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God of second chances?

The phrase “God of second chances” is one that I’ve been thinking a bit about lately. Is this really an accurate way to describe our God?

After all, accurately explaining God to others is very important. This is our job, bringing the Gospel to others; introducing people to God and what he has done for us. Even if one ultimately rejects God, we’ve done our job if they have an accurate understanding of God and his works. It’s when people reject a misrepresentation or caricature of God that we really fail.

This is what I wonder about with the term God of second chances; can it paint an incorrect picture of God?

A second chance is something you get when you fail at something but are then given the opportunity to succeed by trying again.

But is this really what God gives us?

Are we like the pardoned prisoner given another chance to be a good citizen and follow the laws from here on out?

In one way this is accurate, we are forgiven of all we’ve done like the pardoned man. But I think this is where the idea of a second chance breaks down.

We aren’t simply forgiven of past sins; we are forgiven of all sins past, present and future. Regarding our standing with God, we are supernaturally given the righteousness of Jesus so that when God the Father views us, he sees Jesus’ sinless life, not our sin-stained deeds. This is the great exchange that occurred at the cross.

If all God gave us was a second chance, we’d still be in a hopeless state. We’d as certainly fail the second time as the first; none of us can live lives which are completely righteous and honouring to God. We cannot live sinlessly, even if given the chance to start again.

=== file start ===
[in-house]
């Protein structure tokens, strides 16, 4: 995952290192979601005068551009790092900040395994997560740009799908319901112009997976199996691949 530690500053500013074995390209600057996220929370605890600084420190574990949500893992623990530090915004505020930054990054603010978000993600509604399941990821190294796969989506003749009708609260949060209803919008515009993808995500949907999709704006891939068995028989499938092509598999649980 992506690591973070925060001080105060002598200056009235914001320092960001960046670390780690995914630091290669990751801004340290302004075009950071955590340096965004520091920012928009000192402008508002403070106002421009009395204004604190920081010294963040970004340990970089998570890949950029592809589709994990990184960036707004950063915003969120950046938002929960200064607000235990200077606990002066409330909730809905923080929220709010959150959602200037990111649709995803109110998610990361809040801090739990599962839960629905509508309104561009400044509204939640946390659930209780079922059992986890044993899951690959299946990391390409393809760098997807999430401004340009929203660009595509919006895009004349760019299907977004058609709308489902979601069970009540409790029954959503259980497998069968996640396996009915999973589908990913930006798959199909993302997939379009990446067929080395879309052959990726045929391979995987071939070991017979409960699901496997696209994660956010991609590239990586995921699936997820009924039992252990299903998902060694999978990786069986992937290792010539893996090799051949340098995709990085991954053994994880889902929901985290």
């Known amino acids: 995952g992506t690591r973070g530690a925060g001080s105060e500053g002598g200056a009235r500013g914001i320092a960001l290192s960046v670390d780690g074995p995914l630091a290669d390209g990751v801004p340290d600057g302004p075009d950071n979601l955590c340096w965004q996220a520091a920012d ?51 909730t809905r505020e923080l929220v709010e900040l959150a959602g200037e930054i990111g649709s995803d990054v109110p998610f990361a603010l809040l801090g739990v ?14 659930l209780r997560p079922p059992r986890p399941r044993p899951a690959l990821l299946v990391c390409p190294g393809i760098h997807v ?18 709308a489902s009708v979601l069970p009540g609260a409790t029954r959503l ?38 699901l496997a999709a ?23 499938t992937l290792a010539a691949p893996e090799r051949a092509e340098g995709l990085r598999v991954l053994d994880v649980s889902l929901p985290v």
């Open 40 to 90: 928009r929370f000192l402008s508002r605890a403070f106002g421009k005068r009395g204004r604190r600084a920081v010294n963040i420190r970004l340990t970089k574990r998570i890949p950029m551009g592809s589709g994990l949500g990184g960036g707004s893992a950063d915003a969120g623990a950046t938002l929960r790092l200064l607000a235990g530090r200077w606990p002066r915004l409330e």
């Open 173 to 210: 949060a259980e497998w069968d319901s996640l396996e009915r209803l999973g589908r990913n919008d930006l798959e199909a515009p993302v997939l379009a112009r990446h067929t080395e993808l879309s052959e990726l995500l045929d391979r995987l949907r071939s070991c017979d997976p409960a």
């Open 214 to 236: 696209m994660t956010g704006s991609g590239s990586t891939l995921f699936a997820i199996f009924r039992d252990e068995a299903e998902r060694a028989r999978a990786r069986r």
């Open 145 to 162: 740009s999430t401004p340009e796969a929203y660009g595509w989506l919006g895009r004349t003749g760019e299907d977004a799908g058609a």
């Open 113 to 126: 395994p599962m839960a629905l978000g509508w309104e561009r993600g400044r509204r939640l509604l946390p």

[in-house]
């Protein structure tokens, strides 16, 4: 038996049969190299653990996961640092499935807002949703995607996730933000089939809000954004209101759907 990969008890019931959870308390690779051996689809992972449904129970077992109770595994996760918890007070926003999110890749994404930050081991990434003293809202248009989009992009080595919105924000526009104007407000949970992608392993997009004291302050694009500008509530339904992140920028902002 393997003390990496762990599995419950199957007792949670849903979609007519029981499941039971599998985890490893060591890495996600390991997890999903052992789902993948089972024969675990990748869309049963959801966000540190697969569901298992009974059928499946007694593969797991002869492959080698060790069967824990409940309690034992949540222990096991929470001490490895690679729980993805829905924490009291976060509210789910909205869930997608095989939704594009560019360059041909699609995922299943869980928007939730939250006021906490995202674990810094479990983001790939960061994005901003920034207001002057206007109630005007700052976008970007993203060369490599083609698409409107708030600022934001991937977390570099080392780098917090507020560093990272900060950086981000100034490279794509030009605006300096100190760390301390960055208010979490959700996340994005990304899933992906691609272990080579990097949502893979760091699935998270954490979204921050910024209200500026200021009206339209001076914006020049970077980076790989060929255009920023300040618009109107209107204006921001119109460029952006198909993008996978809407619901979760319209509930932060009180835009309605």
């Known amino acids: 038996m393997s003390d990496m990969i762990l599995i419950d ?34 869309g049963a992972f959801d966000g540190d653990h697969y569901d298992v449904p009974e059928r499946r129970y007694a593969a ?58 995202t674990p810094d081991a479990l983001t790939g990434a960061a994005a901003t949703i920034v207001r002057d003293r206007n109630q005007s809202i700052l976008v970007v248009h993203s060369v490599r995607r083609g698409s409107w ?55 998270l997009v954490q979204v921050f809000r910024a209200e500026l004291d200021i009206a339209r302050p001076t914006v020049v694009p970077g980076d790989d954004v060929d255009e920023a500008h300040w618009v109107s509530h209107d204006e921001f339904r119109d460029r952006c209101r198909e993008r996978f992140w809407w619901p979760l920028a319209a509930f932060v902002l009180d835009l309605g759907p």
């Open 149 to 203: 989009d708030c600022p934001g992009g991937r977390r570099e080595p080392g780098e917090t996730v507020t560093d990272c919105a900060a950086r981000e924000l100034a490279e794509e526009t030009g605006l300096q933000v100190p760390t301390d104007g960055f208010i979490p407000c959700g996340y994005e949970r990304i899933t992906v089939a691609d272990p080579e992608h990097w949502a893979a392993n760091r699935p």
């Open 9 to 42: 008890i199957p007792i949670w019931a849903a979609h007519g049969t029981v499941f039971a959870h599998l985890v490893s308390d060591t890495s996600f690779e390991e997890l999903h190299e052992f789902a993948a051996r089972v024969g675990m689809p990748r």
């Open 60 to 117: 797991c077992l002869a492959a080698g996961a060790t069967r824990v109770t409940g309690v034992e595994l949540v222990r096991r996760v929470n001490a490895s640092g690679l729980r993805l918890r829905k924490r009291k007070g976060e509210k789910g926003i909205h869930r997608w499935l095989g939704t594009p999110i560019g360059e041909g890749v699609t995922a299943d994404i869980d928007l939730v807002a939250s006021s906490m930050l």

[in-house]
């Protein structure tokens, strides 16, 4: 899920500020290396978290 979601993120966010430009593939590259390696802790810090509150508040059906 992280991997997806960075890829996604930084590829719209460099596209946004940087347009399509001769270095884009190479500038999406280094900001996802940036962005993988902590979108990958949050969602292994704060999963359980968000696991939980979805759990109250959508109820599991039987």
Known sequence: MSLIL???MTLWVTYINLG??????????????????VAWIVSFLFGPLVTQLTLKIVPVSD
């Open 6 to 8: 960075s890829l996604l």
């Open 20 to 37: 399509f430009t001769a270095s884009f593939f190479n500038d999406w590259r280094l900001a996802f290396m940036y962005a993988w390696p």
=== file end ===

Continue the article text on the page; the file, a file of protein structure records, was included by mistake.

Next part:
For that, I am glad we don’t simply get a second chance; we are given so much more.

This doesn’t mean that this phrase is necessarily wrong, but maybe it’s one we need to be careful with; ensuring we aren’t leaving people with the impression that God is just giving them another shot at earning their way to heaven.

  • Anonymous

    I haven’t heard that term in a while but I think you brought out a good point. The true nature of redemption. Due to our fallen state, if God only “wiped the slate clean” and left it at that, our slate would fill up again very quickly. That’s why God always cleans our slate. Just as God activly sustains the universe, He also sustains our salvation. Does this include sins that we do not ask forgivness for, lets say, sins you didn’t know you committed?

  • Justification does not demand us recalling and specifically asking for forgiveness for each and every sin we’ve committed. This would put salvation well out of our reach.

    We don’t need to know everything that we’ve done wrong, but we do need to understand that we have done wrong and that it is indeed sinful.

    Without necessarily making out an exhaustive list, we need to recognize and agree that Hell is the rightful and just consequence for the sinful acts we have committed and then put our complete trust in Jesus for deliverance from this rightful punishment. This is how we receive salvation.

    When we ask for forgiveness after becoming a Christian, it is a way to maintain and strengthen our relationship with God, not a way to maintain or otherwise add to our salvation.